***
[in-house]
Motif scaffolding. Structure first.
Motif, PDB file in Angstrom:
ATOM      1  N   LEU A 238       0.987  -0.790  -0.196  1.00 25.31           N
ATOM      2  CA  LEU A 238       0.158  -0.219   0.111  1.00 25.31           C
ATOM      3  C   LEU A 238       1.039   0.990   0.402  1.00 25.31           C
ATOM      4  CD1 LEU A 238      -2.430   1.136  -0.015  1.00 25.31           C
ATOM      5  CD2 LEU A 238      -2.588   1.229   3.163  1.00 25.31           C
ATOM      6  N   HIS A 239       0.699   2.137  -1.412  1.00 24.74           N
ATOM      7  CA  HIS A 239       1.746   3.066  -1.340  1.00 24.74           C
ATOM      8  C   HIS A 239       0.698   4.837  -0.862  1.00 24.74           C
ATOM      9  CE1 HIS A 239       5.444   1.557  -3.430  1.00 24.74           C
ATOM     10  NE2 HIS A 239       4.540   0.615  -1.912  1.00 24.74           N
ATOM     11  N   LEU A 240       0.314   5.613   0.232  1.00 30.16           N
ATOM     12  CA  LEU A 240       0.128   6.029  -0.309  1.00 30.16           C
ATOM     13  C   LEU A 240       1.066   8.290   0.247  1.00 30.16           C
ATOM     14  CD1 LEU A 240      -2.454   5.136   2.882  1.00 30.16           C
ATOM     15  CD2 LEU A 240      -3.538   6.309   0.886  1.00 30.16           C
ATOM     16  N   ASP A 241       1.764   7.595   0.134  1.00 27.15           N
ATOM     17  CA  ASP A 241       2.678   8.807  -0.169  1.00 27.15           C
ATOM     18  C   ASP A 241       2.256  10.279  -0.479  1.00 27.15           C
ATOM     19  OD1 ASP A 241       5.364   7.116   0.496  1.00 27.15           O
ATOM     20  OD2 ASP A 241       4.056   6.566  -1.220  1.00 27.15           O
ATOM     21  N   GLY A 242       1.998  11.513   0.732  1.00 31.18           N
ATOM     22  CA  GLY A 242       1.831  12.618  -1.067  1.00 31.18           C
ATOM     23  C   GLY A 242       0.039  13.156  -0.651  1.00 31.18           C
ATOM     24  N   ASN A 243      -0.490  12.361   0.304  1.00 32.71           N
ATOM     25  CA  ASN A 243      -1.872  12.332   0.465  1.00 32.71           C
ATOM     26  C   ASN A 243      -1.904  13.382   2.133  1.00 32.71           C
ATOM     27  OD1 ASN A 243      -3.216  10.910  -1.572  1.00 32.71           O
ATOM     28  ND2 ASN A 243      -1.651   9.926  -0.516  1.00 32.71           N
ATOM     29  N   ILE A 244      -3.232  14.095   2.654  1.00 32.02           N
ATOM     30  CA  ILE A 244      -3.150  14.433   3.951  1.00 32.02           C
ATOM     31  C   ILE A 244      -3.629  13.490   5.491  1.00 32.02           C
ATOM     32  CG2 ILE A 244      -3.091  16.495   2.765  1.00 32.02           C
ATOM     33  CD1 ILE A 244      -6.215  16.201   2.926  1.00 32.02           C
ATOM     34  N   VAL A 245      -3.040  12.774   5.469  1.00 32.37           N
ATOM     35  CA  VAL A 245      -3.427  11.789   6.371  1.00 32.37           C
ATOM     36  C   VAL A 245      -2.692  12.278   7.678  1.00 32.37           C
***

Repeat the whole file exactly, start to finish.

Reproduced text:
[in-house]
Motif scaffolding. Structure first.
Motif, PDB file in Angstrom:
ATOM      1  N   LEU A 238       0.987  -0.790  -0.196  1.00 25.31           N
ATOM      2  CA  LEU A 238       0.158  -0.219   0.111  1.00 25.31           C
ATOM      3  C   LEU A 238       1.039   0.990   0.402  1.00 25.31           C
ATOM      4  CD1 LEU A 238      -2.430   1.136  -0.015  1.00 25.31           C
ATOM      5  CD2 LEU A 238      -2.588   1.229   3.163  1.00 25.31           C
ATOM      6  N   HIS A 239       0.699   2.137  -1.412  1.00 24.74           N
ATOM      7  CA  HIS A 239       1.746   3.066  -1.340  1.00 24.74           C
ATOM      8  C   HIS A 239       0.698   4.837  -0.862  1.00 24.74           C
ATOM      9  CE1 HIS A 239       5.444   1.557  -3.430  1.00 24.74           C
ATOM     10  NE2 HIS A 239       4.540   0.615  -1.912  1.00 24.74           N
ATOM     11  N   LEU A 240       0.314   5.613   0.232  1.00 30.16           N
ATOM     12  CA  LEU A 240       0.128   6.029  -0.309  1.00 30.16           C
ATOM     13  C   LEU A 240       1.066   8.290   0.247  1.00 30.16           C
ATOM     14  CD1 LEU A 240      -2.454   5.136   2.882  1.00 30.16           C
ATOM     15  CD2 LEU A 240      -3.538   6.309   0.886  1.00 30.16           C
ATOM     16  N   ASP A 241       1.764   7.595   0.134  1.00 27.15           N
ATOM     17  CA  ASP A 241       2.678   8.807  -0.169  1.00 27.15           C
ATOM     18  C   ASP A 241       2.256  10.279  -0.479  1.00 27.15           C
ATOM     19  OD1 ASP A 241       5.364   7.116   0.496  1.00 27.15           O
ATOM     20  OD2 ASP A 241       4.056   6.566  -1.220  1.00 27.15           O
ATOM     21  N   GLY A 242       1.998  11.513   0.732  1.00 31.18           N
ATOM     22  CA  GLY A 242       1.831  12.618  -1.067  1.00 31.18           C
ATOM     23  C   GLY A 242       0.039  13.156  -0.651  1.00 31.18           C
ATOM     24  N   ASN A 243      -0.490  12.361   0.304  1.00 32.71           N
ATOM     25  CA  ASN A 243      -1.872  12.332   0.465  1.00 32.71           C
ATOM     26  C   ASN A 243      -1.904  13.382   2.133  1.00 32.71           C
ATOM     27  OD1 ASN A 243      -3.216  10.910  -1.572  1.00 32.71           O
ATOM     28  ND2 ASN A 243      -1.651   9.926  -0.516  1.00 32.71           N
ATOM     29  N   ILE A 244      -3.232  14.095   2.654  1.00 32.02           N
ATOM     30  CA  ILE A 244      -3.150  14.433   3.951  1.00 32.02           C
ATOM     31  C   ILE A 244      -3.629  13.490   5.491  1.00 32.02           C
ATOM     32  CG2 ILE A 244      -3.091  16.495   2.765  1.00 32.02           C
ATOM     33  CD1 ILE A 244      -6.215  16.201   2.926  1.00 32.02           C
ATOM     34  N   VAL A 245      -3.040  12.774   5.469  1.00 32.37           N
ATOM     35  CA  VAL A 245      -3.427  11.789   6.371  1.00 32.37           C
ATOM     36  C   VAL A 245      -2.692  12.278   7.678  1.00 32.37           C